Much has changed in these post-pandemic times which has forced consumers to stay home and do their shopping online. However, online shopping has now transcended the simple “Add to Basket” and “Pay Now” features as we see the emergence and incredible success of live streaming.

According to an article published in November 2020 by Forbes (read article here), livestreaming over the 11.11 shopping holiday 2020 grew by 100% as compared to the previous year when it generated USD$3 billion in sales. With live sales streaming already so popular in 2020, it is set to skyrocket in the years to come.

What is livestreaming?

Influencers, celebrities, retailers and merchants utilise the business model known as livestreaming to sell products and services through the use of online video streaming. This is performed in real-time with a live audience who can ask questions about or discuss the items being introduced.

It is a marketing tool that is highly effective and affordable.

Where can you find livestreaming channels in China?

Platforms on which merchants can host livestream sales include Tmall, Taobao, Pinduoduo, WeChat, Weibo, Douyin, and JingDong. In this article, we will focus on Weibo and WeChat.

Weibo

Boosting an audience of over 500 million monthly active users, Weibo was already hosting live streams as early as 2016. After acquiring the top livestreaming platform Yizhibo in 2018, Weibo’s viewers and users increased, and it remains one of the top livestreaming social media platforms in China.

How to start:

  • Sign up with an existing Weibo account and start your own channel.
  • Reach out to a KOL on WeChat whose fanbase and style best fits your product/service. Work with the influencer to host a livestreaming session.

WeChat

Livestreaming is only available to select Key Opinion Leaders (KOLs) and official accounts. WeChat offers streamers with the option to send invitations to their potential customers or have them enroll to tune in by themselves. Similar to how YouTube and Instagram works, a push notification will be sent to those who are invited or who have enrolled to watch the livestream reminding them of the livestream session.

How to start:

  • Brands or merchants can set up a broadcast channel on WeChat.
  • Reach out to a KOL on WeChat whose fanbase and style best fits your product/service. Work with the influencer to host a livestreaming session.

How do merchants and KOLs make their livestream successful?

Livestreaming

Planning and preparation: while e-commerce streaming is “live”, a lot of planning takes place behind the scenes before it happens. A script is prepared with important points that need to be highlighted during the livestream, such as selling points of the product or any promotions. Equipment is also checked to ensure that there won’t be any technological issues that may hinder the progress and success of the livestream session.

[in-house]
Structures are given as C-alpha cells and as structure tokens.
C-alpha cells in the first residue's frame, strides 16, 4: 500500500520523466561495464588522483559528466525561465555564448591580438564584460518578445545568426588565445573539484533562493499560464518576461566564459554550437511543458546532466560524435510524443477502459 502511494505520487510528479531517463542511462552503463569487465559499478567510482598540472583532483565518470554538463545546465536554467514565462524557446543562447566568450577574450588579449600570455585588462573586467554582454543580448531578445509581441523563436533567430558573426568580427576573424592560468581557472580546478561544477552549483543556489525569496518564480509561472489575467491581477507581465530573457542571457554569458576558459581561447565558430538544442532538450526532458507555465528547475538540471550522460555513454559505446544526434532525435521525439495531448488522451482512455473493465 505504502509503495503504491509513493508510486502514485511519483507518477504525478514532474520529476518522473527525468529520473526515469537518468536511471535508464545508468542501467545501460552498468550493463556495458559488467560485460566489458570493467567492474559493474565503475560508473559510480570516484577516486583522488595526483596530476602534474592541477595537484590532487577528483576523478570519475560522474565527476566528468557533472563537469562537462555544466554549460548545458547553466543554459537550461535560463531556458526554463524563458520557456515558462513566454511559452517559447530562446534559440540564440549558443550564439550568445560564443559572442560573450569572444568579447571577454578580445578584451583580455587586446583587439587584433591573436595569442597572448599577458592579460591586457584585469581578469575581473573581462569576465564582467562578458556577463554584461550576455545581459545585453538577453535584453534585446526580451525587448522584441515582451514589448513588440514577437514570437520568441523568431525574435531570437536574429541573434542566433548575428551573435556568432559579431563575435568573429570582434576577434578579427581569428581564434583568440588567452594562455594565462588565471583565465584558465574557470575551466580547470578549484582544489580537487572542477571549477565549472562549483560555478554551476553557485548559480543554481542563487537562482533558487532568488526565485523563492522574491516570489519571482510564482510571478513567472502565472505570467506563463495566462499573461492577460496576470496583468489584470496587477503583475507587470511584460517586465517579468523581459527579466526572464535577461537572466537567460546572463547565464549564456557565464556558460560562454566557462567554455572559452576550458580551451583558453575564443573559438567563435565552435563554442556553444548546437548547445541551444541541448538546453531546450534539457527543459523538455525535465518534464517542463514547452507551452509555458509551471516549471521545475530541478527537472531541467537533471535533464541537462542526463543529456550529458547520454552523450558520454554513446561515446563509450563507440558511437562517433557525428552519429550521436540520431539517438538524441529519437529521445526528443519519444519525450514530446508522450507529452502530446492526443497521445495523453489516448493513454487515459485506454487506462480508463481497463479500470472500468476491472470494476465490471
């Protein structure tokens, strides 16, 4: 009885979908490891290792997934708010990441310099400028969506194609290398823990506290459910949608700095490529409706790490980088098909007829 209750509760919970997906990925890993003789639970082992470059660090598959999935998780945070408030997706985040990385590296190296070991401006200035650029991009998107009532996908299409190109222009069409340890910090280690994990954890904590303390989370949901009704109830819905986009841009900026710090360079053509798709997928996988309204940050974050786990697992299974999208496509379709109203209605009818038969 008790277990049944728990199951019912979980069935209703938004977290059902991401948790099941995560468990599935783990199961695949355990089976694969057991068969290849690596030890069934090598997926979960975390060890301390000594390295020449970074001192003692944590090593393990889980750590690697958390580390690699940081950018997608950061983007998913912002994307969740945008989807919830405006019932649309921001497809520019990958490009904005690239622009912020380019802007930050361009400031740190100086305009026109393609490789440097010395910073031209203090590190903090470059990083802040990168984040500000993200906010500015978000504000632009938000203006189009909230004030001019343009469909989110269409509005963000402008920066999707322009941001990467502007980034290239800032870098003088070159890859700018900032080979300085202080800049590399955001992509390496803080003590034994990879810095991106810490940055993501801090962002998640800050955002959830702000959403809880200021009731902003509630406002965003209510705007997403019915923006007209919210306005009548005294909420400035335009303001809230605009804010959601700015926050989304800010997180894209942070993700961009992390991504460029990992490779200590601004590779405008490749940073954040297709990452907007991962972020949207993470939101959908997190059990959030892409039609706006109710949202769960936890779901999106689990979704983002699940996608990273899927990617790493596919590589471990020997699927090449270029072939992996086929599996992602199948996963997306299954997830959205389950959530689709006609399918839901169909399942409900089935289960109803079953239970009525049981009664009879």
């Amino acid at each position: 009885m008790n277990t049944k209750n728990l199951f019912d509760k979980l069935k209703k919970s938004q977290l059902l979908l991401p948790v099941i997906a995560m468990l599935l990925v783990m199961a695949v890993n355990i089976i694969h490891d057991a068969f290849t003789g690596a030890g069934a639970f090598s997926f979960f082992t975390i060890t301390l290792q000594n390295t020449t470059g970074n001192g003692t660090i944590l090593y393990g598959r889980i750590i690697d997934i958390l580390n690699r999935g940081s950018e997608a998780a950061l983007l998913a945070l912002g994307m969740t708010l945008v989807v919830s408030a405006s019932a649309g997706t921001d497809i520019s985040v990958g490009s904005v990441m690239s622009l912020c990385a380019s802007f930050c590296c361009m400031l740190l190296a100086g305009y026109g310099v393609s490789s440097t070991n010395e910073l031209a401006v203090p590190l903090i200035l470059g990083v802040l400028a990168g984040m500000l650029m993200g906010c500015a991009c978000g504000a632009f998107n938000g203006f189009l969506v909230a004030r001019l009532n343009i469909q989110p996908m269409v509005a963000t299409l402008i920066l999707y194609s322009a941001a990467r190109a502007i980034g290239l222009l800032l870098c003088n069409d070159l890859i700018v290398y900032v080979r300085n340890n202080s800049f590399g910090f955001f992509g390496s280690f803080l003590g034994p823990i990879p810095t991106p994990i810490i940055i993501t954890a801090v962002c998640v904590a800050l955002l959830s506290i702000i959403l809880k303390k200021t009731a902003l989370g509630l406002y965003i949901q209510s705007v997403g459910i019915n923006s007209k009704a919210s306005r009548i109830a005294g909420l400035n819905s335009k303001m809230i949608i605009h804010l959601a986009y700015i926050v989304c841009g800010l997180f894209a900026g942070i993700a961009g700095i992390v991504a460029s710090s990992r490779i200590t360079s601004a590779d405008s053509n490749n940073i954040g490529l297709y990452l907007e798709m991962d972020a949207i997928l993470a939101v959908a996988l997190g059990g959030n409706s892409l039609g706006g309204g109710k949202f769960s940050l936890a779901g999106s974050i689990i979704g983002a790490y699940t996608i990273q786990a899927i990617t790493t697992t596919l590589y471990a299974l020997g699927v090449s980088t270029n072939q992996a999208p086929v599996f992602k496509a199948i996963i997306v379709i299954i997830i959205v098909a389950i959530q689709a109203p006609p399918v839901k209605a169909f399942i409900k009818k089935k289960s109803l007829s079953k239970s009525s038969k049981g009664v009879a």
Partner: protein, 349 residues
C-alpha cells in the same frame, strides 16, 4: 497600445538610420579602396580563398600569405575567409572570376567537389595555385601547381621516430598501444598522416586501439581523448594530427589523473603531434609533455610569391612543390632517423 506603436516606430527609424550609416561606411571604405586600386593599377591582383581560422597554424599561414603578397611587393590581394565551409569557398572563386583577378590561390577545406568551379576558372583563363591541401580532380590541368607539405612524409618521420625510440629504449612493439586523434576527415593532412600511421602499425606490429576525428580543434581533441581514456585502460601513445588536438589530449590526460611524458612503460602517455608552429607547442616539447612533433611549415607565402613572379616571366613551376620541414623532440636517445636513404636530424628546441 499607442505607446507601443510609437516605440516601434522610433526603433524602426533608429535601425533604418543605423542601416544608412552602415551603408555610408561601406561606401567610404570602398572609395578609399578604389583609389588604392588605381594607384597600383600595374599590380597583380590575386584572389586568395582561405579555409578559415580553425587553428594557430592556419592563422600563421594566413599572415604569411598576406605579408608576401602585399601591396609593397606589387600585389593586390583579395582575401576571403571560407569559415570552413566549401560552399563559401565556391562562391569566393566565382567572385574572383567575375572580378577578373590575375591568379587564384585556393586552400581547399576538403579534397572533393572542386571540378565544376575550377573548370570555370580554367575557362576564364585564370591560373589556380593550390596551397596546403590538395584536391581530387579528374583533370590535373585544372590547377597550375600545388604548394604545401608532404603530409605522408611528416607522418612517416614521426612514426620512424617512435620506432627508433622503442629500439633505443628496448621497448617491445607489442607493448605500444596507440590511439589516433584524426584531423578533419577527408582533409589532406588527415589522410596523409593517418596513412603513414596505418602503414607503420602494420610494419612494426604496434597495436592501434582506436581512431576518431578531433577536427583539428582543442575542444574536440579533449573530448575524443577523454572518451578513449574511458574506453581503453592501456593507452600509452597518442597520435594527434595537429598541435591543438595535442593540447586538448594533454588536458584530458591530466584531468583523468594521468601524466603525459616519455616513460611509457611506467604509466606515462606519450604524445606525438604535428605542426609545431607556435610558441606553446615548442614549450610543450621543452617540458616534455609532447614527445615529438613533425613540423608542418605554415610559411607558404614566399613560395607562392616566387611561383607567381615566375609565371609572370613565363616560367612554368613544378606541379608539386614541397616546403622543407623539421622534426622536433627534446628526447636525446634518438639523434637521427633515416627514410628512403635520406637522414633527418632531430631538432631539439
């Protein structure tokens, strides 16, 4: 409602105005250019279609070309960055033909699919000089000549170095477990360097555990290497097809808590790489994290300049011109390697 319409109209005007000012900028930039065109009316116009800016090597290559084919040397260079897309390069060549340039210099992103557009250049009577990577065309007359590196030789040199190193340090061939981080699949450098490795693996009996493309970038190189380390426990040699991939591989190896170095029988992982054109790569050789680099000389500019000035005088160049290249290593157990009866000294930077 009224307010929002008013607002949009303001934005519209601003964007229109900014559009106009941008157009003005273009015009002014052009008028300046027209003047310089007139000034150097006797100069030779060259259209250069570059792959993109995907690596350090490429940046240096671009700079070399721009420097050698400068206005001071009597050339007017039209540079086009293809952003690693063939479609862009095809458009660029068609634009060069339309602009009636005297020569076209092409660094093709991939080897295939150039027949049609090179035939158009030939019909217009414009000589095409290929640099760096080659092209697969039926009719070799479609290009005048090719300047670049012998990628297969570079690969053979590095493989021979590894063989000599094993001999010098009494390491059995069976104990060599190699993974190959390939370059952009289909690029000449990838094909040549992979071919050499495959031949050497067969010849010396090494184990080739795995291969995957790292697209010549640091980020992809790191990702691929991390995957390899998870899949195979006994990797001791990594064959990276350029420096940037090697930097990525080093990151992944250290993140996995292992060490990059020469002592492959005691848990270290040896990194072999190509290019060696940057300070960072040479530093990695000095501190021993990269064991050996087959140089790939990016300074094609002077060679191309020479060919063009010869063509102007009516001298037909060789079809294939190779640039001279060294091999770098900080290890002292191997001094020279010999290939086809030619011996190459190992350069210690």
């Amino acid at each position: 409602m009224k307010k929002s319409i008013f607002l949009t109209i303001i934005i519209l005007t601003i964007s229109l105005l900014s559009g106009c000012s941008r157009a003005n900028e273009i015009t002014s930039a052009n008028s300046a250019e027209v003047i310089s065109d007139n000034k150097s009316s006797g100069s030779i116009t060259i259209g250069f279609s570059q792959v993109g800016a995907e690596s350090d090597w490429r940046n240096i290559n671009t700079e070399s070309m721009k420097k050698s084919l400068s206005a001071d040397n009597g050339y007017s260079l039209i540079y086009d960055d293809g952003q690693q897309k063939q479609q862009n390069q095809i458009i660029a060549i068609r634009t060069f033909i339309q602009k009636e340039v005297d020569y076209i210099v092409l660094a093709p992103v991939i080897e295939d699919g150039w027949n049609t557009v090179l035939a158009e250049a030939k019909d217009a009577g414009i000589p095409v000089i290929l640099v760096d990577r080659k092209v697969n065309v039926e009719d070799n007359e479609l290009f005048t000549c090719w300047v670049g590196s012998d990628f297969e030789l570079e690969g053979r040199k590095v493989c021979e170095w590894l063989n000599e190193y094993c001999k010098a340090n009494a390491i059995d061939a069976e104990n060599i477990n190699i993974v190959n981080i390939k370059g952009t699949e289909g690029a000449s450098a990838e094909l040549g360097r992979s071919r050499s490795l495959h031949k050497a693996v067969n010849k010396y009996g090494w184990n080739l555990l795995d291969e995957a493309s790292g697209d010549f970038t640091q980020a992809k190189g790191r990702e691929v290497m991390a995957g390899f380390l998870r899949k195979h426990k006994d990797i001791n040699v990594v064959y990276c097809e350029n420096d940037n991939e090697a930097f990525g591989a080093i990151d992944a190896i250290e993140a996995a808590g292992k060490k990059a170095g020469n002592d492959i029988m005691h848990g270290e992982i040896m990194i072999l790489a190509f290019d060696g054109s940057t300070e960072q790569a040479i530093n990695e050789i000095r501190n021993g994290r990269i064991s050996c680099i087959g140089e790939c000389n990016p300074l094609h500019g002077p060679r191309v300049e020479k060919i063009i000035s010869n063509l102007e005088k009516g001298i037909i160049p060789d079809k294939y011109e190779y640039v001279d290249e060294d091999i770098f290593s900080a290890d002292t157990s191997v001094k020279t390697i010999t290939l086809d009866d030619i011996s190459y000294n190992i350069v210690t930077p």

Promotion of livestream session: notifications are sent out via the social media channels and/or through media (purchasing of a media spot) to promote upcoming sessions. Popular KOLs would already have a fanbase or audience who they will update on their forthcoming livestreams.

Suitable set-up: selecting the right setting for a session is crucial. It is best to stream from a room absent of any background noise with an uncluttered background in order to ensure that all attention is on the livestream host. Sufficient lighting and a strong internet connection is important as well.

Viewer interaction: customers enjoy feeling special and livestreaming is a great way to engage with viewers on a personal level. Successful livestream hosts interact with their viewers and answers questions regarding the service/product.

Types of livestream shoppers

As recorded in the second quarter of 2020, there was a total of 50 billion livestream viewers in China with over 400,000 active streamers spread across the various platforms. What are the types of shoppers who watch and make purchases over these livestream e-commerce sessions? We list the top 3 most popular consumer groups:

Stockpilers: this group typically consists of females who make up the largest consumer group on the livestream platform in China. They tend to buy the same item in bulk and are especially inspired by “buy one, get one free” promotions.

Group purchasers: these consumers do not want to buy too many of the same item which may be on special promotion – eg. Buy 3, get 1 free. They will then look for others similarly interested in buying that particular product and make the purchase together, splitting the cost while benefitting from the promotional sale.

Fans: consumers who watch a livestream because their idol is a guest or is working with the particular brand. They watch the session and even make purchases in order to support their idols.